While it’s free to ride, you can purchase a membership to Denver Cruiser Ride. They start at $20 per year, which will also get you a bike license plate and deal card.
04 of 07
This is Denver’s version of New York’s Central Park, as it’s a local favorite for fitness and expansive green space. At 165 acres, it’s also one of the largest parks in Denver. If you’re arriving to the park on a bike, you can access the park from the Platte River trail from the south.
Whether you’re on a road bike or a cruiser, you can loop around the 2.25-mile perimeter at Washington Park (or, “Wash Park” as locals call it), which is filled with flower gardens, a playground, and two lakes. Fun fact: one of the flower gardens is a replica of George Washington’s gardens at Mount Vernon.
You’ll be sharing the paved path with runners, walkers, and the occasional roller skater, as well. Park your bike if you’d like, and join in on a volleyball or basketball game, or play some tennis.
After you've worked up a sweat, you can go shopping in the nearby Wash Park neighborhood. South Gaylord Street is six blocks east of Wash Park in between Mississippi and Tennessee Avenues, and is lined with boutiques, coffee shops and art galleries. Pop into Devil's Food for tasty, homemade pastries.Continue to 5 of 7 below.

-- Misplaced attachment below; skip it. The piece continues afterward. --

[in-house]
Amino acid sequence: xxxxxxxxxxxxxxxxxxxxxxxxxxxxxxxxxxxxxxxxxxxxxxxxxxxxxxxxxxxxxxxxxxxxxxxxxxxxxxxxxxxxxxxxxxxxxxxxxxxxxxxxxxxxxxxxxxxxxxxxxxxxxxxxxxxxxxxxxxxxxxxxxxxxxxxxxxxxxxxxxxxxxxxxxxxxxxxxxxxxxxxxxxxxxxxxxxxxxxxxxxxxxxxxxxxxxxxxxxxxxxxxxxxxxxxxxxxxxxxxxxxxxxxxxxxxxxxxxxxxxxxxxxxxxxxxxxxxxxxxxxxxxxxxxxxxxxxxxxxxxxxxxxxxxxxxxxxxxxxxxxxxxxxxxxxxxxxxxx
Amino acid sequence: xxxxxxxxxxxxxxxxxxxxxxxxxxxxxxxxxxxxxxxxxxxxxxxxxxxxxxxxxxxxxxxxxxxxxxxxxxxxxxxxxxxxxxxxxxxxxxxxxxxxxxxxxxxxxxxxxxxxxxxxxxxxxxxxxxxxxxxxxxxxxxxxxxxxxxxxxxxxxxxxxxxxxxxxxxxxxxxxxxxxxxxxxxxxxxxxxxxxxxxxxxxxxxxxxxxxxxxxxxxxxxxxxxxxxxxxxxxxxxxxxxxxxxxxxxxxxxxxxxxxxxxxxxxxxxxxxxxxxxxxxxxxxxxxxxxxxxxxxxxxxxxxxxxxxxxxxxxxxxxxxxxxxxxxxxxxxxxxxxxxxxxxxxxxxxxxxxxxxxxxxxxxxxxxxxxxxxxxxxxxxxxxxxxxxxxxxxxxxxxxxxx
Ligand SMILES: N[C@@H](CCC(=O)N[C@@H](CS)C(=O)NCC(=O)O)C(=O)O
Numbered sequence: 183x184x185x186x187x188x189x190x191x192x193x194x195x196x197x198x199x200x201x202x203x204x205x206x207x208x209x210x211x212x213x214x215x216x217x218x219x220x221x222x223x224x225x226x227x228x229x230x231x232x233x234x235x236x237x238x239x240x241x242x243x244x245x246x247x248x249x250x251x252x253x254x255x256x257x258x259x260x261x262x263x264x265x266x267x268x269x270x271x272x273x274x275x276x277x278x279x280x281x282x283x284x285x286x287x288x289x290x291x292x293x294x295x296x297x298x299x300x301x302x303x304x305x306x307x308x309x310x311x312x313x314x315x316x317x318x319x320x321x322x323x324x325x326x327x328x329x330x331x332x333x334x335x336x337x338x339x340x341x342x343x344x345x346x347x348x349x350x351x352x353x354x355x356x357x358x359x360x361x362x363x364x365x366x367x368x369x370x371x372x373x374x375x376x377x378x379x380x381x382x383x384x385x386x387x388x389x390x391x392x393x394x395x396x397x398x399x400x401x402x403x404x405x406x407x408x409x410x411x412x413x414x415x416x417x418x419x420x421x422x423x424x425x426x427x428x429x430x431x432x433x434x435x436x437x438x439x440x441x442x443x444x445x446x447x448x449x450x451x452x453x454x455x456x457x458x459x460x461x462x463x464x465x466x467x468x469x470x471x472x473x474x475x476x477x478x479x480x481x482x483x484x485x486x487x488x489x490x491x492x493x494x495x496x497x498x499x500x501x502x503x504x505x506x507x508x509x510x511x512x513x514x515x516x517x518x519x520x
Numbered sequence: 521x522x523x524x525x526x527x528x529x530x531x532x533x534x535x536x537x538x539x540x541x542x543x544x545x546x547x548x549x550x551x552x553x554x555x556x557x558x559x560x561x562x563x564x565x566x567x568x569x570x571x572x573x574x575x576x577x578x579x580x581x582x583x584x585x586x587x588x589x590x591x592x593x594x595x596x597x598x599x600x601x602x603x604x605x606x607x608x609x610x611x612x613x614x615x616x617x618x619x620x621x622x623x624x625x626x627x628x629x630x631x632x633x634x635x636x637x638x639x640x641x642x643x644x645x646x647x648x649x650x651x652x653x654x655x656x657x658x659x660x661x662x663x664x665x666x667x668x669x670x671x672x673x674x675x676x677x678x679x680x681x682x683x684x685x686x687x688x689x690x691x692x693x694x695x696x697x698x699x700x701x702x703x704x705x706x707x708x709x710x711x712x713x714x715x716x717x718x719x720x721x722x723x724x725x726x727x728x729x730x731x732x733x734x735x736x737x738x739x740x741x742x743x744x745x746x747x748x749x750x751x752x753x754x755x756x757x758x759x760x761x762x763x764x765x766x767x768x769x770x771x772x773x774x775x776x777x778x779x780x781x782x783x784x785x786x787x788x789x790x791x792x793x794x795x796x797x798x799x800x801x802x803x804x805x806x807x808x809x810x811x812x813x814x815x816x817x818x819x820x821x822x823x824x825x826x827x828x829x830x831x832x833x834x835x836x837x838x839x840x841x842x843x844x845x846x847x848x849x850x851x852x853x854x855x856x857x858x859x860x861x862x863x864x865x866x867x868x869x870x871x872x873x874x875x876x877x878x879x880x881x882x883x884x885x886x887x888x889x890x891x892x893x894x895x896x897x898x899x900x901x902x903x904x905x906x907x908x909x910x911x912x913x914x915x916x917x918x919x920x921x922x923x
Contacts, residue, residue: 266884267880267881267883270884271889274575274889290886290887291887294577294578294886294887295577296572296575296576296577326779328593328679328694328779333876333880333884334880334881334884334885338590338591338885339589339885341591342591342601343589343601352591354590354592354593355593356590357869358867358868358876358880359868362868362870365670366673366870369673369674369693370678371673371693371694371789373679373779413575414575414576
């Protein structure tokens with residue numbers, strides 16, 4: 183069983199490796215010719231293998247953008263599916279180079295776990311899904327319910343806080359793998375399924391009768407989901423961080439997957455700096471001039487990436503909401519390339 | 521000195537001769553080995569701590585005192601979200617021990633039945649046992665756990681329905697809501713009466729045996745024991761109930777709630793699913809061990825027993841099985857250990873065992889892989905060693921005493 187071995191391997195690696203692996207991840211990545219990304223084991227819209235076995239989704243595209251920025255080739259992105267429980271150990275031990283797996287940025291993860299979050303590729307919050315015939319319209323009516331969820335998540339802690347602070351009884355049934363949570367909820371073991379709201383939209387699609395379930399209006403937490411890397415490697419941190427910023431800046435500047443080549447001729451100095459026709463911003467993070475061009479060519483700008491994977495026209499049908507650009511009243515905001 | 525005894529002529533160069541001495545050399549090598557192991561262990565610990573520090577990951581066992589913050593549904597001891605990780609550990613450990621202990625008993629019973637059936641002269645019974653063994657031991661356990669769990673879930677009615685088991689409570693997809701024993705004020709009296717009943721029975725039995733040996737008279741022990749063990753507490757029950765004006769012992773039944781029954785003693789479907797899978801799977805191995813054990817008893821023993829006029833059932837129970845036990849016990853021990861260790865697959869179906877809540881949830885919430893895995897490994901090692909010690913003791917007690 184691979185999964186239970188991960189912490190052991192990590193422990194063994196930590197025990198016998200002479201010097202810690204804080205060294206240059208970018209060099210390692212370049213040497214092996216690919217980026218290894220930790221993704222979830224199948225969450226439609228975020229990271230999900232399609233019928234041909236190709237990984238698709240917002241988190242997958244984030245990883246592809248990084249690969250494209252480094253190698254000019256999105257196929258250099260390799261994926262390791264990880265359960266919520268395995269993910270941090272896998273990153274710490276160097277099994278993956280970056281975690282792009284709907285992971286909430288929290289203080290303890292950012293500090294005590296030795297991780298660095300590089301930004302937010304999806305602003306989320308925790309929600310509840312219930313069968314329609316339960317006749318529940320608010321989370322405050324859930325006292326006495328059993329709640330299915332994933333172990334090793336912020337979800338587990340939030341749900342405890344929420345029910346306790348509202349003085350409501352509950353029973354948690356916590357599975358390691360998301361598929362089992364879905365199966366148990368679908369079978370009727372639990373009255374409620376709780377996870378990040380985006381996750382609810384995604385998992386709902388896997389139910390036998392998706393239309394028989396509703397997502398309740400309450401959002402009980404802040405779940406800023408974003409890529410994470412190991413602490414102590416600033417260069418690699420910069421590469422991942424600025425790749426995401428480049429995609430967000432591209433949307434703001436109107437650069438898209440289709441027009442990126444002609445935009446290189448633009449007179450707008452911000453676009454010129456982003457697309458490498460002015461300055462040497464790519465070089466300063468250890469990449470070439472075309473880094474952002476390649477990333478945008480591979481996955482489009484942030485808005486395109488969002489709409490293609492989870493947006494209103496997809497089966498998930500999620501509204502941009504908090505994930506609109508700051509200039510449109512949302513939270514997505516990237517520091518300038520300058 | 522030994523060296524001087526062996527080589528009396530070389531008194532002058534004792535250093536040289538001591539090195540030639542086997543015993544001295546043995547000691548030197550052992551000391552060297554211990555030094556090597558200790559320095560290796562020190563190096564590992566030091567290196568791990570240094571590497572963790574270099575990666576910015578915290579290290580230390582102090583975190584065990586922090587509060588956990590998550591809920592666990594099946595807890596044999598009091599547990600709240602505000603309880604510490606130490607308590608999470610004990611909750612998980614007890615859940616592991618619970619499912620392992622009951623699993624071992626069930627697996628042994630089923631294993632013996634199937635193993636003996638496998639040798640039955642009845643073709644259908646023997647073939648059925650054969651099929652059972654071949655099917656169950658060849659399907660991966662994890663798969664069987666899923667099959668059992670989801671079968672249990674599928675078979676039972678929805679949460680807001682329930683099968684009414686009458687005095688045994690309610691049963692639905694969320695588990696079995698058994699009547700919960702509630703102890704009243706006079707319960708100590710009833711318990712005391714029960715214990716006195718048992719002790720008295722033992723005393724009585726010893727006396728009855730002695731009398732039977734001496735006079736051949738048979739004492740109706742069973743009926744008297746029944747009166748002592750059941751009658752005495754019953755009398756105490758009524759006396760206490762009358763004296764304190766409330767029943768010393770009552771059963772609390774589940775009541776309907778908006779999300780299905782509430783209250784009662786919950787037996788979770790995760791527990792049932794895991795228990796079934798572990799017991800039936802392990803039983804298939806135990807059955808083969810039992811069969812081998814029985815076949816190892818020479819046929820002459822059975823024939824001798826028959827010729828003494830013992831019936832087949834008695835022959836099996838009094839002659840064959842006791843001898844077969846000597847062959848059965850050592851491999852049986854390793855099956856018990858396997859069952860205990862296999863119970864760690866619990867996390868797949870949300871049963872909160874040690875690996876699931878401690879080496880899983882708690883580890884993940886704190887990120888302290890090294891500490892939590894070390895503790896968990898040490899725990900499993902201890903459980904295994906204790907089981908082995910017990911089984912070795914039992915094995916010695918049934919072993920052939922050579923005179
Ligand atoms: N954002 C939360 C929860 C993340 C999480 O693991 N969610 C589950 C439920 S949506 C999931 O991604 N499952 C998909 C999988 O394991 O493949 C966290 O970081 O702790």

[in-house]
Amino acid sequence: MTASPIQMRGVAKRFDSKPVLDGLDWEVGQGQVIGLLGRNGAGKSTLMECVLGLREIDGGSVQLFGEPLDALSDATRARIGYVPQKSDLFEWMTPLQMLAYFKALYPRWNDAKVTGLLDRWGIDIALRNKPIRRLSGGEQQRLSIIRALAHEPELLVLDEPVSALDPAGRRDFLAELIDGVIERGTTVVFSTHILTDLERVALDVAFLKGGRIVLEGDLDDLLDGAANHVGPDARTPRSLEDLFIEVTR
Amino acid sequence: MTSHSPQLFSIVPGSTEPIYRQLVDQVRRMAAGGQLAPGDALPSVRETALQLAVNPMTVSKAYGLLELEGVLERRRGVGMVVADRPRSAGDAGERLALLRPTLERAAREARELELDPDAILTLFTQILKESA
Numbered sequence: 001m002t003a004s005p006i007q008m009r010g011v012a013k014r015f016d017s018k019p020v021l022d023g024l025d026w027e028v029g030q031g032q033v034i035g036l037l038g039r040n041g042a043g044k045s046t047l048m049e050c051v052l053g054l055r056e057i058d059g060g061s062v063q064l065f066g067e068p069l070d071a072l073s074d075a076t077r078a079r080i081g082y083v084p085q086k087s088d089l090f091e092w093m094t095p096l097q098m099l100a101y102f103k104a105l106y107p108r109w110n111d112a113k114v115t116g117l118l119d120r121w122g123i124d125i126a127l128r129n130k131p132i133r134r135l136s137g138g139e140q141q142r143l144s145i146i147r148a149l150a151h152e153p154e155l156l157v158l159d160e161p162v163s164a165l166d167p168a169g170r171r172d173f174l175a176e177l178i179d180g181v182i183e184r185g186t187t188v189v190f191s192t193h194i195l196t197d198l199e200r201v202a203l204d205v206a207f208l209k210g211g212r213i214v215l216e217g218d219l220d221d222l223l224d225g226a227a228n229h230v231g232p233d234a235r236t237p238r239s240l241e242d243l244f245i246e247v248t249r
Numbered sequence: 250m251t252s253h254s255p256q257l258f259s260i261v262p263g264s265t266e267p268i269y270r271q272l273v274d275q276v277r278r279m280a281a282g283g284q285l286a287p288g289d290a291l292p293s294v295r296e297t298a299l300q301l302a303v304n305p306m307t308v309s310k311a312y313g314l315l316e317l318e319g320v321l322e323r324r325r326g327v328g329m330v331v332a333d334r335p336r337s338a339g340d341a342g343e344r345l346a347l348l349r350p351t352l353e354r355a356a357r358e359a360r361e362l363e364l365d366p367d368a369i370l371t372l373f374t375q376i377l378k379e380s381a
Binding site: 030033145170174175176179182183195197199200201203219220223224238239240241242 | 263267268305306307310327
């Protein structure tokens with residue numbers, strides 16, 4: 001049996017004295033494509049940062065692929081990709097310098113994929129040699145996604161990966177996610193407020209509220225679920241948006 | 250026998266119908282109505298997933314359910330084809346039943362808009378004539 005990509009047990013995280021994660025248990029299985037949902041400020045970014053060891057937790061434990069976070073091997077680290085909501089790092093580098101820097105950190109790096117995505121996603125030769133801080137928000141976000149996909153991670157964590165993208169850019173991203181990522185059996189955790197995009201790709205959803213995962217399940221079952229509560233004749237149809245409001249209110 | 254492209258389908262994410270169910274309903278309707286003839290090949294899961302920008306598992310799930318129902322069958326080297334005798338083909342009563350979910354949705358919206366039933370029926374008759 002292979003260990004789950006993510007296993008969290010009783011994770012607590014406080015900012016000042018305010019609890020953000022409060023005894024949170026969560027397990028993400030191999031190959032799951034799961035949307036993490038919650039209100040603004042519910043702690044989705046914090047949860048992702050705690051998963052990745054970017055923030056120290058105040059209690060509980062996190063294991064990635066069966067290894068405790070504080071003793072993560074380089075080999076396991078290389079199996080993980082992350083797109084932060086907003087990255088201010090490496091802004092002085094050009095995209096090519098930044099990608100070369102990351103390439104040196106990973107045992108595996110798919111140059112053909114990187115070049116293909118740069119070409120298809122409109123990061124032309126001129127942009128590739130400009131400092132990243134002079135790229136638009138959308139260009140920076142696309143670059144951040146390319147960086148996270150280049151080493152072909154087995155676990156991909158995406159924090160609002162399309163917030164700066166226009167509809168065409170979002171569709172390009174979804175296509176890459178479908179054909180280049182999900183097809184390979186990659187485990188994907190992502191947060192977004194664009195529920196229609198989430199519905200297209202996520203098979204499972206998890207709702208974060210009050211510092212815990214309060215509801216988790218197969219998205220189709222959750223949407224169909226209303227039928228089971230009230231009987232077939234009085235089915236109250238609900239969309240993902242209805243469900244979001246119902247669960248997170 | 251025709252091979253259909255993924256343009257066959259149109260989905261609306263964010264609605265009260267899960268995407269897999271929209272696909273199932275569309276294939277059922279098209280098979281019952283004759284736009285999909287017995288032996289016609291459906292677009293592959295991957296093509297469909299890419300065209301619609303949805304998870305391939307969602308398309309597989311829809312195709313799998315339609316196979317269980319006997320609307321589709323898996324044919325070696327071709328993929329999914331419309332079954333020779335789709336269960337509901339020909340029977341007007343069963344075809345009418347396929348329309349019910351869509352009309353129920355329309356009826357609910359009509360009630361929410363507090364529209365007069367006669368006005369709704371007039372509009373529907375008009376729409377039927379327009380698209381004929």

05 of 07
You can hop on this trail at Confluence Park, which is where Cherry Creek and the South Platte River combine. In its entirety, this bike path stretches for more than 40 miles, running into Franktown.
Locals love to ride along this path, which passes through the Cherry Creek Shopping District. The district includes the Cherry Creek Mall, but there’s also high-end boutiques and galleries in the shopping district. Another worthy stop on this trail is the Four Mile House & Historic Park, which was once an old stagecoach stop. Today, it’s a quaint, 12-acre park with a museum where you can learn about Denver’s early settlers.
If you're up for a long ride (or a short drive before your ride), you can follow the Cherry Creek Bike Path all the way to Castlewood Canyon State Park. Inside the park, you’ll find remnants of the Castlewood Dam, which burst in 1933 and sent a 15-foot-high wave of water into Denver. You can still see the ruins of the dam inside the park.
06 of 07
Just a few miles west of downtown is a massive lake bordered by city streets. Sloan’s Lake came about in 1861 after a farmer, Thomas M. Sloan, tried to dig a well, which was flooded by a growing body of water. A couple decades later, Manhattan Beach and an amusement park opened up on the lake, complete with a dance hall, roller coaster, ferris wheel and circus acts. The circus (and the amusement park) left town long ago, but today, the park is a perfect spot to bike or run. A 2.8-mile loop circles the lake in this 177-acre park. There’s also playgrounds and basketball and tennis courts.
After you take a couple laps around the loop, head across the street to Edgewater for a slice of pizza at an old staple, Edgewater Inn, a family restaurant that’s been around for six decades.
07 of 07
You can take your bike on a couple of different loops in this park, which is next to the Denver Zoo. The mini Ferril Lake loop is just shy of a mile and loops around the park’s central lake. The Mile High Loop encompasses more of the park and is 3.1 miles long. It’s called the Mile High Loop because it’s perched at exact 5,280 feet. Conveniently, there’s a B-Cycle rental station near the Denver Zoo or, for fun, you can rent tandem and big-wheeled bikes from Wheel Fun Rentals, which has an outpost in the park.